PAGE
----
I went nuts, tearing the wrapper off the banana split, cramming the whole thing into my mouth, with a painful point sticking out of my cheek. Greta followed me per usual, our gobs so full they hurt. I pointed to the double bicycle-lamp batteries down next to the roll of brown paper and as we tumbled our sweets to the floor, we heard her, Can I help ye at all, lads? She stood in her midnight-blue housecoat, with her two blue eyes behind the thick pink glasses underneath her crown of silver plaits. Jacky, her Jack Russell, came out for a look too, his nails clipping on the lino. And then there was pure silence apart from a bee buzzing inside an empty bottle of Fanta orange.
The Ould Fella said Mrs Savage was always trying to get hold of children on account of having none of her own barring the Jack Russell, but he was just bucking because she was on our side from the start. She could have called the guards when she caught us that day but she didn’t.
She said it wasn’t our fault, we were misfortunates with a sick mother and a loop-the-loop father. She didn’t like him, there was some history there even though she said she wanted to help him.
The Ould Fella was tired of everything. He’d taken to the drink but then the Old Lady went one better and took to her bed with a mystery illness so he was caught by the hasp of the arse. No escape for him. I’d see him at the foot of the stairs in the twilight, head raised as if willing her to rise like Lazarus and take up her sewing machine.
Mrs Savage suggested Irene Cassidy’s friend the jockey who’d become a healer after a horse stood on his head but the Ould Fella said, No Quacks! He wanted a real doctor. So then she suggested Dr Jones who was a hypnotist on the side. The Ould Fella rang Jones and got very excited. He’s after curing a load of them, he said, when he put down the phone. When Greta asked, A load of who?, he shouted, A load of women!
But Jones was a disappointment from the minute he turned up with a desperate combover and a glimmering white chin like a bar of Lux soap. The Ould Fella was worried that Jones wasn’t a doctor at all and when Jones took the stairs at a funny angle, he threw his head on the table and said he’d been had and it would kill him to pay. Then he said he couldn’t bear it, what was keeping Jones so long? He ran up the stairs and ran down again, shouting. He’d been ordered out of his own bedroom where Jones was doing feck all, only trying to hypnotise her with her own Biro that she used for doing the crosswords. Afterwards the Ould Fella said he was paying no bill for a man swinging a Biro but Jones said he was “very much afraid” he would have to insist on cash on the barrelhead. And the Ould Fella took off his jacket and roared, Quack! We were 40 miles an hour up the stairs to the Old Lady’s bedroom but it was a quick scuffle because we were only in time to see the end through her window – the Ould Fella slapping the arse of Jones’s car roaring, Get on out of here now with your GBH!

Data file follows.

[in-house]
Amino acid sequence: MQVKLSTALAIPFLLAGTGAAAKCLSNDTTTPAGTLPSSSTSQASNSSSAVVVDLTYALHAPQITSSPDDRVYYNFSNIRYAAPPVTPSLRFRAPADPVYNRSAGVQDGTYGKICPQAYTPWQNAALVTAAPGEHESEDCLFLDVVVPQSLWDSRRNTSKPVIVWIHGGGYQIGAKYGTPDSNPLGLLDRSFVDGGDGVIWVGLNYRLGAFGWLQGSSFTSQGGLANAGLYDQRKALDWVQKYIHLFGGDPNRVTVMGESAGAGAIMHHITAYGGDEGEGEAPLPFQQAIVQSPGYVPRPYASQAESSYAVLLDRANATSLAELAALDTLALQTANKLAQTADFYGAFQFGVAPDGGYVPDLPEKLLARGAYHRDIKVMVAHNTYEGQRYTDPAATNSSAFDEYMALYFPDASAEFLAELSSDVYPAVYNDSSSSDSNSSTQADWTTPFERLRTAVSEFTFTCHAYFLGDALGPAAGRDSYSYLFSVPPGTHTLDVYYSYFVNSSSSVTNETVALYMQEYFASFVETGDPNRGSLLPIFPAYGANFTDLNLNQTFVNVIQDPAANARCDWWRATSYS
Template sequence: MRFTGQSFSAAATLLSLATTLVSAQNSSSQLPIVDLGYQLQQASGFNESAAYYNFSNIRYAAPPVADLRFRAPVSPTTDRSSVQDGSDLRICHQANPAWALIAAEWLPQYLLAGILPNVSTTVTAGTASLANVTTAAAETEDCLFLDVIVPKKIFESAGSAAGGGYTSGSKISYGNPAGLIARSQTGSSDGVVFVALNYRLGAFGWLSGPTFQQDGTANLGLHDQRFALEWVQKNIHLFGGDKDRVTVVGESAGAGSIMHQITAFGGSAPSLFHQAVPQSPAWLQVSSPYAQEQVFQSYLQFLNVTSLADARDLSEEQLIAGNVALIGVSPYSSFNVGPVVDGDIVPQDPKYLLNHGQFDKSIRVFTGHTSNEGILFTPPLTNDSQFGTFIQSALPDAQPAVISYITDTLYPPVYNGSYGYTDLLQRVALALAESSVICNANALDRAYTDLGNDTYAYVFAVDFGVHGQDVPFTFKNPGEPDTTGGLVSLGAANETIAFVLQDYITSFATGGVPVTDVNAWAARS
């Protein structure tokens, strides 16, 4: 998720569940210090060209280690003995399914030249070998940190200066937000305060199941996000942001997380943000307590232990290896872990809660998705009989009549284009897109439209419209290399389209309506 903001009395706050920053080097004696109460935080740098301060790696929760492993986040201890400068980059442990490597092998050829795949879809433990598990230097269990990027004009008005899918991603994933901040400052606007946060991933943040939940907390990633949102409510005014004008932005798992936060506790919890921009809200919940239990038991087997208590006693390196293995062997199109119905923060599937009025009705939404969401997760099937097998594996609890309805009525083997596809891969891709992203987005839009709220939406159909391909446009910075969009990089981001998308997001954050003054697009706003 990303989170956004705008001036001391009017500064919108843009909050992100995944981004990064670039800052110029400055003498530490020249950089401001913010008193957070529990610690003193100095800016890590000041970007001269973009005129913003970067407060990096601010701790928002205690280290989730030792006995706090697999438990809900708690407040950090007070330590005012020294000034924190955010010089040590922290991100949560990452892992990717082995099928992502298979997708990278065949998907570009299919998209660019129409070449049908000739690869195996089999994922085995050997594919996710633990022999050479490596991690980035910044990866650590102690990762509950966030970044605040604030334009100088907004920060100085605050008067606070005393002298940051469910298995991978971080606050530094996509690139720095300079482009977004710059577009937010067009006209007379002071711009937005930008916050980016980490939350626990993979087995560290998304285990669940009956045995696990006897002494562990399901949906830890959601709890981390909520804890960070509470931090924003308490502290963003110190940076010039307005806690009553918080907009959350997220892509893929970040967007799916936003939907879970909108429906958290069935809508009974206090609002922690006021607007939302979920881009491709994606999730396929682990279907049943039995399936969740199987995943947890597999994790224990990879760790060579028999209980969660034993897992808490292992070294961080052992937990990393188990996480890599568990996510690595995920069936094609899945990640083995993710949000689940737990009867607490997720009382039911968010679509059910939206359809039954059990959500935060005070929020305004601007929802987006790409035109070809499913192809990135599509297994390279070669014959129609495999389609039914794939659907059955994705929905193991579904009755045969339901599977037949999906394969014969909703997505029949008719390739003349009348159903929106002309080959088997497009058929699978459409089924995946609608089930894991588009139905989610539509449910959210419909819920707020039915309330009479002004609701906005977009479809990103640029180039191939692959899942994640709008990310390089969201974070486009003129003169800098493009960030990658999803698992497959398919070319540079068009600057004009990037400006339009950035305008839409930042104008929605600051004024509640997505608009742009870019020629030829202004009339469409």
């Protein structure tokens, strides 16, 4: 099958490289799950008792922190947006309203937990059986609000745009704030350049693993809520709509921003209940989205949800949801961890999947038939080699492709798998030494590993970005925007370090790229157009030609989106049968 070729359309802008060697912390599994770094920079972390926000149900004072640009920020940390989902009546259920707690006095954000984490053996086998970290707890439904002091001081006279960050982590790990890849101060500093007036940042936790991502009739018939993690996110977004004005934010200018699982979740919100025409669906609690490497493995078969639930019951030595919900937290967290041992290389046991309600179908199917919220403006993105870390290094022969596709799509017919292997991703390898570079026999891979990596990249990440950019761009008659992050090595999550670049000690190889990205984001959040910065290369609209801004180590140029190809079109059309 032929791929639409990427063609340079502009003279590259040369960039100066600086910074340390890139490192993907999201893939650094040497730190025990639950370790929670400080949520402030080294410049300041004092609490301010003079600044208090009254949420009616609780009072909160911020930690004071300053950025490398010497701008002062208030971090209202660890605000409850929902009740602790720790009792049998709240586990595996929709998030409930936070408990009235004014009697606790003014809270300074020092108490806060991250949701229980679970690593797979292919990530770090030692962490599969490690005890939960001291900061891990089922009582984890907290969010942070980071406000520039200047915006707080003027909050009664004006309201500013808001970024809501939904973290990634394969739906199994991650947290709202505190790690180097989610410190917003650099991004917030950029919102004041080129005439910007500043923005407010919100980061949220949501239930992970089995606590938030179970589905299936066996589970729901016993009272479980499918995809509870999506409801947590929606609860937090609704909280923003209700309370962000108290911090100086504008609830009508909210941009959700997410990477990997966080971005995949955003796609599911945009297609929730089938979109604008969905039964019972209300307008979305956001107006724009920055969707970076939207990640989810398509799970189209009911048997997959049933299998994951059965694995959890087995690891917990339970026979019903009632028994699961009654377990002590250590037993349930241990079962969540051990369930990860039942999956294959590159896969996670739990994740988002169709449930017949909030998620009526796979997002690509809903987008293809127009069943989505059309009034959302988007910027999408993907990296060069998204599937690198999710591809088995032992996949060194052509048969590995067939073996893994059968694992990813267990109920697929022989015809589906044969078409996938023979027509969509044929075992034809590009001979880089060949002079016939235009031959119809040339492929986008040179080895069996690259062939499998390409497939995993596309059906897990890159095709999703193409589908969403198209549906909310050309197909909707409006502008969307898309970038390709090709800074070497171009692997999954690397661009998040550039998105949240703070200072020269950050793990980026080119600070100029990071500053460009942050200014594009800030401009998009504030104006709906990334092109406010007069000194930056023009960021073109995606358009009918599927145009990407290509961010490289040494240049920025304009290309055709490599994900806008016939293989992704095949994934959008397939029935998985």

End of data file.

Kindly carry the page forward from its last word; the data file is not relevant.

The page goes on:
The Ould Fella put the blame on Mrs Savage, said she’d addled him into it with her talk of Quacks and when Mrs Savage wanted to give me an after-school job wiping and stacking shelves, he roared a big brucellosis No! at her. Mrs Savage’s blue eyes squeezed tight behind her pink glasses, Ah no, but sure they were looking forward to it and wasn’t Greta going to sit on my little high stool cutting the tops off the Cork Examiners? The stool was made of golden wood and not very high with a sky-blue leather cover.
Mrs Savage started rubbing it like she wanted Greta to jump up on it like a Jack Russell herself. The Ould Fella said, Didn’t I say no? They have to take care of Mary. His face as hard and square as the end of a spade. God, are they taking care of Mary and they as young as that? says Mrs Savage and he laughed into her face, Sure weren’t you about to put them to work yourself a minute ago? He walked out quick with the last word and a smile like a painted moustache.
Speak yourself to Irene Cassidy, so then, Mrs Savage said the next time he came in moaning. She told him there was always tablets and pressed the silver hair clips deeper into her silver crown. The Ould Fella drew Irene up the road after Mass in her coffee-coloured Crimplene trouser suit.
Irene wanted to talk about the weather being glorious but the Ould Fella was having no small talk, lowering his voice so I couldn’t hear a word only whatever he was saying made Irene touch her lip with her cream glove. When she pulled her hand away, she was bucking, looking at the red lipstick stain. And then he said, There’s children at stake! Irene said something else and Mother of God, he shouted, kicking gravel in his excitement, that was the last thing on my mind! They were outside the post office and Mrs Savage’s pink and blue face came to the window, divided into eight squares by the green frame. The Ould Fella shouted, But the cost of a girl! Three wavy lines swam up and down Irene’s forehead and she pointed her red-stained glove over to the low wall beside the priest’s house where Attracta was sitting by herself, licking a Golly bar.
Mrs Savage looked like she was nodding through the window but she told me afterwards she was shaking her head in despair.
The second day that Attracta was there, the Ould Fella still hadn’t brought her up to see the Old Lady who was stroking the green candlewick quilt, saying to me that she was worried that poor Attracta would be frightened with a strange man. It wasn’t everyone that knew about the Rage of Brucellosis. She’d hardly said it when we heard the screeching laughter out of the two of them below and the Old Lady asked me to read out of The Queen’s Confession. Marie Antoinette’s mother, the empress of Austria, was a right one. She had the snap on the whole of Europe and was always sending Marie Antoinette instructions. The Old Lady was desperate sorry for the poor girl stripped at the border and all alone in a foreign court, the spending, the necklace, the revolution, Count Axel von Fersen and the big conspicuous green escape coach with the red wheels and white velvet seats. The highlight, of course, was The Execution.